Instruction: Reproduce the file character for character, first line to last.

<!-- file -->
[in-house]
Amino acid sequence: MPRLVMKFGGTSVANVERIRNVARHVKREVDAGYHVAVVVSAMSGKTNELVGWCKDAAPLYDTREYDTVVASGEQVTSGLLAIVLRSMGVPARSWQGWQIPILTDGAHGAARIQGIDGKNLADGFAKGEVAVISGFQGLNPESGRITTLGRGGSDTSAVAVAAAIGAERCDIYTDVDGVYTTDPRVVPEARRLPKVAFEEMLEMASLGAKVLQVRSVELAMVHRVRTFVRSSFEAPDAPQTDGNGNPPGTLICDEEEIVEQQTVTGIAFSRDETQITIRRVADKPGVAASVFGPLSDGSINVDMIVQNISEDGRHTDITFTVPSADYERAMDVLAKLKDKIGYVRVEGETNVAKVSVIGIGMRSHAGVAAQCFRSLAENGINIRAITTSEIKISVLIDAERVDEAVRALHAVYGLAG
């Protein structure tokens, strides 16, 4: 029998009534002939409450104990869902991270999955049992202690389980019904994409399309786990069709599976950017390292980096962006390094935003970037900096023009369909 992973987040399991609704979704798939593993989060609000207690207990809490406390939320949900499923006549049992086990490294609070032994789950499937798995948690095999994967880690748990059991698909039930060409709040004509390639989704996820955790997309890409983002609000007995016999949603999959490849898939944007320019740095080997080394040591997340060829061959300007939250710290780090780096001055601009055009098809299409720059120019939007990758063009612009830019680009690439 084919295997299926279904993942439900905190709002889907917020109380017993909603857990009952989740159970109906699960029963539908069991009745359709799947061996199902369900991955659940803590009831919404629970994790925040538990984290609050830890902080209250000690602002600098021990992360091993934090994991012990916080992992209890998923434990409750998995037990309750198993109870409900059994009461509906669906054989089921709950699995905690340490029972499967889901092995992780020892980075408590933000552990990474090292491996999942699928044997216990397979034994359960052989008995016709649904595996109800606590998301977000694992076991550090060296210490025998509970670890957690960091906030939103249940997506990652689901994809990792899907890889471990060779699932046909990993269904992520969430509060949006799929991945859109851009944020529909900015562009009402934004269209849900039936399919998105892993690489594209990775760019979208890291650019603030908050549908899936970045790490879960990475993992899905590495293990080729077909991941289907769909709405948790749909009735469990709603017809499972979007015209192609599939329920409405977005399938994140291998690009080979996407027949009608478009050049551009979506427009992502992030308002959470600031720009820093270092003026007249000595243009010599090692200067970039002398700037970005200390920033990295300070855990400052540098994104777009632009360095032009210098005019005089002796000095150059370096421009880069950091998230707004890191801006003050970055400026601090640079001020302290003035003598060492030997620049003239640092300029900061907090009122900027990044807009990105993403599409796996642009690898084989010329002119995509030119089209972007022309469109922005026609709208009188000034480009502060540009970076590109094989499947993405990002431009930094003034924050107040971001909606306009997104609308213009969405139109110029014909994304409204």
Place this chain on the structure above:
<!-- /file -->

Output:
[in-house]
Amino acid sequence: MPRLVMKFGGTSVANVERIRNVARHVKREVDAGYHVAVVVSAMSGKTNELVGWCKDAAPLYDTREYDTVVASGEQVTSGLLAIVLRSMGVPARSWQGWQIPILTDGAHGAARIQGIDGKNLADGFAKGEVAVISGFQGLNPESGRITTLGRGGSDTSAVAVAAAIGAERCDIYTDVDGVYTTDPRVVPEARRLPKVAFEEMLEMASLGAKVLQVRSVELAMVHRVRTFVRSSFEAPDAPQTDGNGNPPGTLICDEEEIVEQQTVTGIAFSRDETQITIRRVADKPGVAASVFGPLSDGSINVDMIVQNISEDGRHTDITFTVPSADYERAMDVLAKLKDKIGYVRVEGETNVAKVSVIGIGMRSHAGVAAQCFRSLAENGINIRAITTSEIKISVLIDAERVDEAVRALHAVYGLAG
């Protein structure tokens, strides 16, 4: 029998009534002939409450104990869902991270999955049992202690389980019904994409399309786990069709599976950017390292980096962006390094935003970037900096023009369909 992973987040399991609704979704798939593993989060609000207690207990809490406390939320949900499923006549049992086990490294609070032994789950499937798995948690095999994967880690748990059991698909039930060409709040004509390639989704996820955790997309890409983002609000007995016999949603999959490849898939944007320019740095080997080394040591997340060829061959300007939250710290780090780096001055601009055009098809299409720059120019939007990758063009612009830019680009690439 084919295997299926279904993942439900905190709002889907917020109380017993909603857990009952989740159970109906699960029963539908069991009745359709799947061996199902369900991955659940803590009831919404629970994790925040538990984290609050830890902080209250000690602002600098021990992360091993934090994991012990916080992992209890998923434990409750998995037990309750198993109870409900059994009461509906669906054989089921709950699995905690340490029972499967889901092995992780020892980075408590933000552990990474090292491996999942699928044997216990397979034994359960052989008995016709649904595996109800606590998301977000694992076991550090060296210490025998509970670890957690960091906030939103249940997506990652689901994809990792899907890889471990060779699932046909990993269904992520969430509060949006799929991945859109851009944020529909900015562009009402934004269209849900039936399919998105892993690489594209990775760019979208890291650019603030908050549908899936970045790490879960990475993992899905590495293990080729077909991941289907769909709405948790749909009735469990709603017809499972979007015209192609599939329920409405977005399938994140291998690009080979996407027949009608478009050049551009979506427009992502992030308002959470600031720009820093270092003026007249000595243009010599090692200067970039002398700037970005200390920033990295300070855990400052540098994104777009632009360095032009210098005019005089002796000095150059370096421009880069950091998230707004890191801006003050970055400026601090640079001020302290003035003598060492030997620049003239640092300029900061907090009122900027990044807009990105993403599409796996642009690898084989010329002119995509030119089209972007022309469109922005026609709208009188000034480009502060540009970076590109094989499947993405990002431009930094003034924050107040971001909606306009997104609308213009969405139109110029014909994304409204």
Place this chain on the structure above: